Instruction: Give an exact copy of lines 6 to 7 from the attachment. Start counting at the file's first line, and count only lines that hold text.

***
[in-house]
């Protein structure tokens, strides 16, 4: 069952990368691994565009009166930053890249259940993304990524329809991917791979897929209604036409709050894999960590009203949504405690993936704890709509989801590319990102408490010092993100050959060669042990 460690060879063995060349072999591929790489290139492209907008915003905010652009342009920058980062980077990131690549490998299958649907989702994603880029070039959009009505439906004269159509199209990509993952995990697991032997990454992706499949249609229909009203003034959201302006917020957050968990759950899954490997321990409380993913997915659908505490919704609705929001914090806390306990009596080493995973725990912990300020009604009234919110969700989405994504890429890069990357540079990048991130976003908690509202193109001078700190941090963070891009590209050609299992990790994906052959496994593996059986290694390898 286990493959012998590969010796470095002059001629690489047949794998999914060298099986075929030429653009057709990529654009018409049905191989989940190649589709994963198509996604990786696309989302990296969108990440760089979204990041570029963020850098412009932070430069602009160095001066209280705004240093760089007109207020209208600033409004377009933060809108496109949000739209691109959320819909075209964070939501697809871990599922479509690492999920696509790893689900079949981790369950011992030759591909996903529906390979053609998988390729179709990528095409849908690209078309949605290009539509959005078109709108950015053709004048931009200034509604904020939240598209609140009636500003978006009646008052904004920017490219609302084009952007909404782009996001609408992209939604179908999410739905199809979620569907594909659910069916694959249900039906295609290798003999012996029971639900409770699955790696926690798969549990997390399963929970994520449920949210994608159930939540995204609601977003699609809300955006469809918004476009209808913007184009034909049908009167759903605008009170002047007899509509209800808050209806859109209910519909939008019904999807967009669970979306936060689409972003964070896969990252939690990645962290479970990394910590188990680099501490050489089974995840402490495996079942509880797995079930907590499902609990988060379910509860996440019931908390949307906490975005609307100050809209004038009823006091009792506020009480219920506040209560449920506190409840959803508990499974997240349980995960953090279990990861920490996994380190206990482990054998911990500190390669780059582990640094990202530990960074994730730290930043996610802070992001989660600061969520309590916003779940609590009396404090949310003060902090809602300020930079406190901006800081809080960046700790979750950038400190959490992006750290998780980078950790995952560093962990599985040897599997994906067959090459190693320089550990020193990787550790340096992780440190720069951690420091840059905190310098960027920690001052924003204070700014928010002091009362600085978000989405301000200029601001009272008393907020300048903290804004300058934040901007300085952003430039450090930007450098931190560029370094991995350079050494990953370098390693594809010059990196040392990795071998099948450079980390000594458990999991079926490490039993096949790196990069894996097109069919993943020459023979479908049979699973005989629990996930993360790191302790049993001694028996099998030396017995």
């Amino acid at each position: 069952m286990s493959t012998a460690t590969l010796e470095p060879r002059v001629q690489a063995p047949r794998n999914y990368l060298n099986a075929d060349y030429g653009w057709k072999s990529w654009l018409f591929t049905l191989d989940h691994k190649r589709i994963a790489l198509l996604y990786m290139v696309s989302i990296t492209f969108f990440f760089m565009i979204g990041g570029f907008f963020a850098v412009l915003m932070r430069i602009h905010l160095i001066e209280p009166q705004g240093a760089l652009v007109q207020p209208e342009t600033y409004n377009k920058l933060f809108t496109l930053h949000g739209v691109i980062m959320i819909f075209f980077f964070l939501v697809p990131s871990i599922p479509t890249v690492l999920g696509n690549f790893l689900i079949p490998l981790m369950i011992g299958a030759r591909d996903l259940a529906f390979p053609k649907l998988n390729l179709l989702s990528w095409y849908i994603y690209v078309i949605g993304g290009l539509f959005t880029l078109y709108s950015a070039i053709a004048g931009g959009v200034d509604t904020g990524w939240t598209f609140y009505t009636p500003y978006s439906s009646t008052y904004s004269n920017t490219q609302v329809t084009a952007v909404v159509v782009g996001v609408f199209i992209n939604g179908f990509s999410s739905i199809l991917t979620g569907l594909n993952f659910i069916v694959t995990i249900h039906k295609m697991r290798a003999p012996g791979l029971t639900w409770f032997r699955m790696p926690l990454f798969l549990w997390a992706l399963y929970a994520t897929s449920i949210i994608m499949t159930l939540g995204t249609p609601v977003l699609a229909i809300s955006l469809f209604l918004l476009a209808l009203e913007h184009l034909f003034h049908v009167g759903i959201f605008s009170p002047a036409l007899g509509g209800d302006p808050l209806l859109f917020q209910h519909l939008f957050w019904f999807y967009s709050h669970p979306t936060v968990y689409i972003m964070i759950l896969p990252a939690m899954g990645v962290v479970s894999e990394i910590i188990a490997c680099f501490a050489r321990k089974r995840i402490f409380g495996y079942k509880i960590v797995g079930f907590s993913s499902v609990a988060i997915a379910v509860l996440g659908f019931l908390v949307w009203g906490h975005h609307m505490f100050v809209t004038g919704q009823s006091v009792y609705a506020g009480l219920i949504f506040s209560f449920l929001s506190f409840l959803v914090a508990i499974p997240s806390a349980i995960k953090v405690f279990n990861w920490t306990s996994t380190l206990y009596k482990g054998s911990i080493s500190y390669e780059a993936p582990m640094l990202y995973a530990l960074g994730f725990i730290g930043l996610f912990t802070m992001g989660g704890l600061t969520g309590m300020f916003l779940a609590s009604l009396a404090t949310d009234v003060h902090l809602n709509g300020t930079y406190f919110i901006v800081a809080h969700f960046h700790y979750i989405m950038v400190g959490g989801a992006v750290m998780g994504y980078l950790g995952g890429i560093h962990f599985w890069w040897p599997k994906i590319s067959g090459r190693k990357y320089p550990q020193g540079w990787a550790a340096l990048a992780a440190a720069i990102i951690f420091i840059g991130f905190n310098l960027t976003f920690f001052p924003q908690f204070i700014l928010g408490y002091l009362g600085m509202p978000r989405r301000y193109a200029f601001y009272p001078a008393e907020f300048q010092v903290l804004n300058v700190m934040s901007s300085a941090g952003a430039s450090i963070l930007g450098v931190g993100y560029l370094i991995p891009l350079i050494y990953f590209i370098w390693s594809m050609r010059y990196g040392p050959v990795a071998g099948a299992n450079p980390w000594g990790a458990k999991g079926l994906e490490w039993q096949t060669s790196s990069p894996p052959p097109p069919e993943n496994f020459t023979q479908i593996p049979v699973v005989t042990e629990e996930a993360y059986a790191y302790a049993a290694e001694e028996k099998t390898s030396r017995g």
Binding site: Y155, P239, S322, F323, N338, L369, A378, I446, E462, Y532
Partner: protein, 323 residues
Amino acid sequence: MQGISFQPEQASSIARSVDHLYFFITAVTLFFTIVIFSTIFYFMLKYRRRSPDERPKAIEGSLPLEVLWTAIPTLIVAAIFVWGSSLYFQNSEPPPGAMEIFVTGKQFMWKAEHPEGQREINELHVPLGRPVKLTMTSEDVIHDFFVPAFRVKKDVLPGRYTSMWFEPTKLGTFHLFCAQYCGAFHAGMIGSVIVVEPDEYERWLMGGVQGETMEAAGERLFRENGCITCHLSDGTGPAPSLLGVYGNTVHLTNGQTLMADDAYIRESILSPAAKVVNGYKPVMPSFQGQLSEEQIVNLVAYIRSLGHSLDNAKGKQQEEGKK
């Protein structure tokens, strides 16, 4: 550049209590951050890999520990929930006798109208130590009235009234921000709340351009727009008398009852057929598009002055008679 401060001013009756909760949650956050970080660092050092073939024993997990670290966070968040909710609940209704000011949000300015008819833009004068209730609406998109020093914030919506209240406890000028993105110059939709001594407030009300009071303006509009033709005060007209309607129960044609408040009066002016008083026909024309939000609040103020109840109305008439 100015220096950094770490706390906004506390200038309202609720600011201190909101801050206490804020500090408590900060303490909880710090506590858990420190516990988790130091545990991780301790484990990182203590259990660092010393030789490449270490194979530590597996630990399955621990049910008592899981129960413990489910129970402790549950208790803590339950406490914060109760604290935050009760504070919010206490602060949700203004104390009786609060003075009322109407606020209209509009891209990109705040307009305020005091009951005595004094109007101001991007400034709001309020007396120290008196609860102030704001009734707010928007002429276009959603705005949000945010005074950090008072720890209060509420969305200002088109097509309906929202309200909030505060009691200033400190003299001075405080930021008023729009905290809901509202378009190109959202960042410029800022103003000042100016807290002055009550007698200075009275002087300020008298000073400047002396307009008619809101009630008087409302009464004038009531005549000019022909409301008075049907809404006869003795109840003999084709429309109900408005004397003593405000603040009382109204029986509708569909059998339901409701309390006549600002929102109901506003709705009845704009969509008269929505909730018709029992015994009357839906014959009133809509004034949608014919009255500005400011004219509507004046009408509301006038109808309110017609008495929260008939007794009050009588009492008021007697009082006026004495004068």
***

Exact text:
Amino acid sequence: MQGISFQPEQASSIARSVDHLYFFITAVTLFFTIVIFSTIFYFMLKYRRRSPDERPKAIEGSLPLEVLWTAIPTLIVAAIFVWGSSLYFQNSEPPPGAMEIFVTGKQFMWKAEHPEGQREINELHVPLGRPVKLTMTSEDVIHDFFVPAFRVKKDVLPGRYTSMWFEPTKLGTFHLFCAQYCGAFHAGMIGSVIVVEPDEYERWLMGGVQGETMEAAGERLFRENGCITCHLSDGTGPAPSLLGVYGNTVHLTNGQTLMADDAYIRESILSPAAKVVNGYKPVMPSFQGQLSEEQIVNLVAYIRSLGHSLDNAKGKQQEEGKK
């Protein structure tokens, strides 16, 4: 550049209590951050890999520990929930006798109208130590009235009234921000709340351009727009008398009852057929598009002055008679 401060001013009756909760949650956050970080660092050092073939024993997990670290966070968040909710609940209704000011949000300015008819833009004068209730609406998109020093914030919506209240406890000028993105110059939709001594407030009300009071303006509009033709005060007209309607129960044609408040009066002016008083026909024309939000609040103020109840109305008439 100015220096950094770490706390906004506390200038309202609720600011201190909101801050206490804020500090408590900060303490909880710090506590858990420190516990988790130091545990991780301790484990990182203590259990660092010393030789490449270490194979530590597996630990399955621990049910008592899981129960413990489910129970402790549950208790803590339950406490914060109760604290935050009760504070919010206490602060949700203004104390009786609060003075009322109407606020209209509009891209990109705040307009305020005091009951005595004094109007101001991007400034709001309020007396120290008196609860102030704001009734707010928007002429276009959603705005949000945010005074950090008072720890209060509420969305200002088109097509309906929202309200909030505060009691200033400190003299001075405080930021008023729009905290809901509202378009190109959202960042410029800022103003000042100016807290002055009550007698200075009275002087300020008298000073400047002396307009008619809101009630008087409302009464004038009531005549000019022909409301008075049907809404006869003795109840003999084709429309109900408005004397003593405000603040009382109204029986509708569909059998339901409701309390006549600002929102109901506003709705009845704009969509008269929505909730018709029992015994009357839906014959009133809509004034949608014919009255500005400011004219509507004046009408509301006038109808309110017609008495929260008939007794009050009588009492008021007697009082006026004495004068």